The program launched by Nynas through Sanford Health is multi-tiered, beginning with a communications platform that enables the health system to connect with patients at home and arrange rides to care appointments when necessary. It has also launched a connected care network with local and community physicians and clinics, equipping them with virtual care technology to facilitate telehealth visits when the women can’t make it to their in-person appointments or need an urgent virtual care visit. Those outlying clinics also act as hubs, enabling patients to use wi-fi services they might not be able to access at home, link up with specialists for virtual appointments and even download and send digital health data to their care teams.

Lastly, patients who agree to participate are sent home with a blood pressure monitor and fetal heartbeat monitor and are asked to have a weight scale handy. This enables Nynas and her team to monitor those patients daily, jumping in quickly if anything seems out of the ordinary or needs a closer look.

Nynas says the RPM platform gives her an opportunity to see a different side of her patients than she sees in the exam room.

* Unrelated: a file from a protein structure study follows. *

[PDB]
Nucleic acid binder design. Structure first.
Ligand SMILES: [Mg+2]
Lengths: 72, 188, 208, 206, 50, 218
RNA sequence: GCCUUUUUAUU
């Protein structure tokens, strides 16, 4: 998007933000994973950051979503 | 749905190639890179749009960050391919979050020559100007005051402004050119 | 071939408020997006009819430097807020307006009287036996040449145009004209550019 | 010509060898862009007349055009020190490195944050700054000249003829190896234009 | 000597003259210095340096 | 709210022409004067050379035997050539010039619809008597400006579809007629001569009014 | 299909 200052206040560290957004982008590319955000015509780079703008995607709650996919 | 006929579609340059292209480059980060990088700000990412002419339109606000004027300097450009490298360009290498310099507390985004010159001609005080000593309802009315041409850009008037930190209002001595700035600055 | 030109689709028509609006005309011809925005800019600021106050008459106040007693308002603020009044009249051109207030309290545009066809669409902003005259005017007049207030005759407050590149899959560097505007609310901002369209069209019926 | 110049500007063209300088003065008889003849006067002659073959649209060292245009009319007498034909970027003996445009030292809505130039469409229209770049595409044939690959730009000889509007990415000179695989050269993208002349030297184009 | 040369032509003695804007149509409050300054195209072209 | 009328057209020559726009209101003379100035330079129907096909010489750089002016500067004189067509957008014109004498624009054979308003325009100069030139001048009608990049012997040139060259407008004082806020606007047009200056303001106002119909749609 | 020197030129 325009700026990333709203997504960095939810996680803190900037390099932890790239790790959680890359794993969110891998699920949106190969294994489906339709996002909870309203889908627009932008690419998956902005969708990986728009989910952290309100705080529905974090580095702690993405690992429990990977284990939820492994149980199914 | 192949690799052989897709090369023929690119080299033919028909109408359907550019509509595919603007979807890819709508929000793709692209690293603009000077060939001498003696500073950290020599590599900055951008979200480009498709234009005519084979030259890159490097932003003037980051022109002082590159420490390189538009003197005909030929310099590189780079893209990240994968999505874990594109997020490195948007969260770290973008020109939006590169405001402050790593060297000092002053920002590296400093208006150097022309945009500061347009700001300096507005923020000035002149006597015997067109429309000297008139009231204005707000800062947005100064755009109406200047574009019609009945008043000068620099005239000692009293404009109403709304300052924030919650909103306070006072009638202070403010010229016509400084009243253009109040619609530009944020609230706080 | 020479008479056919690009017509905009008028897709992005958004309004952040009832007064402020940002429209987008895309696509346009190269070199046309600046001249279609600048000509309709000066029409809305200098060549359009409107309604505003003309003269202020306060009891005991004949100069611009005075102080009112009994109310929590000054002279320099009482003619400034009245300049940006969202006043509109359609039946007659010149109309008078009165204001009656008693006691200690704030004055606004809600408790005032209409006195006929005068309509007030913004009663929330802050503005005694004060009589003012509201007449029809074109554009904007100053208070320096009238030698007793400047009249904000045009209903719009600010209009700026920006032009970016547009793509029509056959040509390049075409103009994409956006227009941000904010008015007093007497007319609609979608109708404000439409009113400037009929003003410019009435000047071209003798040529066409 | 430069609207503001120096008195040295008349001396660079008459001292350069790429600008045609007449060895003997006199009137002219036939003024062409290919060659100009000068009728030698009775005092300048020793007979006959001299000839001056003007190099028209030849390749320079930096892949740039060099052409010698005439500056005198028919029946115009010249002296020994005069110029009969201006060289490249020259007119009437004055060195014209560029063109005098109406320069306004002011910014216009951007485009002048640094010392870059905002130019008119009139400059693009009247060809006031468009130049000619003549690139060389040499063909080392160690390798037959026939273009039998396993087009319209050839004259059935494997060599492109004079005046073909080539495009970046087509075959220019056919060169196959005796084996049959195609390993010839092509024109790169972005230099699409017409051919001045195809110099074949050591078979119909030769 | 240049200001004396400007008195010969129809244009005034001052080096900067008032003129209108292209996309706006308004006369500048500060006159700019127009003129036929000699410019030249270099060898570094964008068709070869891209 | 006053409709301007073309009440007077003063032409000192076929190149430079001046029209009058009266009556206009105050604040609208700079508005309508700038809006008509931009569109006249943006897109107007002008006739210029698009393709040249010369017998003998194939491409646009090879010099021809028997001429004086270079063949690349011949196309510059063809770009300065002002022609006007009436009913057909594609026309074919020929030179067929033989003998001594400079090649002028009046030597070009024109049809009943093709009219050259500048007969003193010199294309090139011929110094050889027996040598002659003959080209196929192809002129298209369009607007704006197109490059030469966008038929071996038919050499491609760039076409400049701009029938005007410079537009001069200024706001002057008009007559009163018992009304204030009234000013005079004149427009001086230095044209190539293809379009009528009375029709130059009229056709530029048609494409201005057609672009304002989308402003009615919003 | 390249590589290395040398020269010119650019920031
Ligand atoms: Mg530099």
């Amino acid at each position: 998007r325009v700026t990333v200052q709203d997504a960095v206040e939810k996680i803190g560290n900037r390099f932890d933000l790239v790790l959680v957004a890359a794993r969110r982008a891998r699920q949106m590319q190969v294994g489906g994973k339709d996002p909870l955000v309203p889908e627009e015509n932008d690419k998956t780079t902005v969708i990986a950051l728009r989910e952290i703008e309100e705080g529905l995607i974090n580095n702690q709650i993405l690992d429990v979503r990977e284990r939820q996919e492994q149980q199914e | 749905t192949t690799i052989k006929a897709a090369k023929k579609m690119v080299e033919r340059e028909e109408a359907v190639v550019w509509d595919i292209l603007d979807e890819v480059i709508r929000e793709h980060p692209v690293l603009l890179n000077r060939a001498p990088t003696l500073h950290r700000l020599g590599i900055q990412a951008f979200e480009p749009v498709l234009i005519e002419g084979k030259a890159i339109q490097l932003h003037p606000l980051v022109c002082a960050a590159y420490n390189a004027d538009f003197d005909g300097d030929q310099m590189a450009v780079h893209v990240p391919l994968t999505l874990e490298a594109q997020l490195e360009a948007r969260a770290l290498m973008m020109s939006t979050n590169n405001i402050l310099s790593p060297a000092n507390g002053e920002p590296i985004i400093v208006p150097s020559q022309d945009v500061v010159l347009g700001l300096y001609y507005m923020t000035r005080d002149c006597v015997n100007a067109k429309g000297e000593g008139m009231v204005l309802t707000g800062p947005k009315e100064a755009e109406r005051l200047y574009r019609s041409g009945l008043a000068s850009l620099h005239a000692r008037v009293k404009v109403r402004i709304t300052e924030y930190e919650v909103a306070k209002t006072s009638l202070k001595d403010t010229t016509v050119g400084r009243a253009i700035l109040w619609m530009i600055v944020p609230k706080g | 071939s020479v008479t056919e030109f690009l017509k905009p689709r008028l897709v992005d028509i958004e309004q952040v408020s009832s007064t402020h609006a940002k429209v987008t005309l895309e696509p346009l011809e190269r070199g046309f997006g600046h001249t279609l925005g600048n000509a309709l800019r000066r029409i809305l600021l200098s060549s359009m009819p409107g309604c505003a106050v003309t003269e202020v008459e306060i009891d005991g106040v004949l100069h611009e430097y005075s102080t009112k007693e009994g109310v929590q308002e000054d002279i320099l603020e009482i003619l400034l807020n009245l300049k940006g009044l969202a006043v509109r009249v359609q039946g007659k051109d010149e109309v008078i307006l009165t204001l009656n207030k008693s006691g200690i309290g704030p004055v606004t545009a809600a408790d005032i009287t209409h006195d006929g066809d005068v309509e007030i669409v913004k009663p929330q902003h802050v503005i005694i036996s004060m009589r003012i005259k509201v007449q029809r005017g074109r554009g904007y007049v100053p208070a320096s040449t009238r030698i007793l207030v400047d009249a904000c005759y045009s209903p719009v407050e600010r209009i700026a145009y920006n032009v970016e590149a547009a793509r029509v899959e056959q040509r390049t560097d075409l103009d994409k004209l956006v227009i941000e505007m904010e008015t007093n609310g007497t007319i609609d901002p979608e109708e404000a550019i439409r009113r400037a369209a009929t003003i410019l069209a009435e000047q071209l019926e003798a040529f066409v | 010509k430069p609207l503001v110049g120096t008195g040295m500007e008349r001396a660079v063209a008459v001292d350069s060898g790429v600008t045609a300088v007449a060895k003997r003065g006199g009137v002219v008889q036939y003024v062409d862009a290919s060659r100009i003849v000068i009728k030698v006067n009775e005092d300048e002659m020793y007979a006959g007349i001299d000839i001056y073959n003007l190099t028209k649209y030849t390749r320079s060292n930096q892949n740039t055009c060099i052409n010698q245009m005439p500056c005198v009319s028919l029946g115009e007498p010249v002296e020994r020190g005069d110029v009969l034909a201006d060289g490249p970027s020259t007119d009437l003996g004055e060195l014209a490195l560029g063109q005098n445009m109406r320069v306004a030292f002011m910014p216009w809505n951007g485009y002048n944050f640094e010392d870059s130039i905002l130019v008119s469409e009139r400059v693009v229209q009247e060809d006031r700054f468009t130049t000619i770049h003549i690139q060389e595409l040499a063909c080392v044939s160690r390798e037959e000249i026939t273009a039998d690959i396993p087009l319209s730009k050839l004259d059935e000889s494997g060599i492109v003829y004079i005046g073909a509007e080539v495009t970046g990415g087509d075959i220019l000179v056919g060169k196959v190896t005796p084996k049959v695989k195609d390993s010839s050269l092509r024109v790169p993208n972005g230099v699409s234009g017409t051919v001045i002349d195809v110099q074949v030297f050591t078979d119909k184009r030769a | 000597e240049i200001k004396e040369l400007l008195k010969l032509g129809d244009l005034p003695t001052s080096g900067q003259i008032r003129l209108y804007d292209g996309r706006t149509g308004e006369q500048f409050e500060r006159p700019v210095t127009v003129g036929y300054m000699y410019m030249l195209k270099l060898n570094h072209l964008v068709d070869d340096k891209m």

“If I see a patient who looks polished – she’s showered, she’s dressed nicely, she looks well – in the clinic, I’m missing that … maybe there’s some really big struggles at home,” she says. “Maybe there’s a lot of stressors at home. Maybe she’s very depressed, and when I see that patient in her own environment, I get a better idea of how things are going for her and who she is. And that helps me be a better provider.”

The platform also encourages patients to be more engaged in their health. Nynas says the program is set up to educate patients about “red flag symptoms,” so they might identify those symptoms on their own; at the same time, they’re spreading the word with friends and family.

That community connection is important. A critical element of Nynas’ program is the collaboration between Sanford Health and other resources.

“We were really strategic,” she says, in joining forces with public health and Medicaid programs, non-profits, and other healthcare services. “We learned a lot about what each other does.”

A Lifeline for Women in Need of Help

The program can be a lifeline—literally—for high-risk mothers-to-be. Nynas says all patients are screened at the onset of the program and connected with a high-risk care coordinator to help them access additional services, including ride services, nutrition counselors and other resources addressing SDOH. That initial screening alone, she says, helped the health system boost referrals by 600%.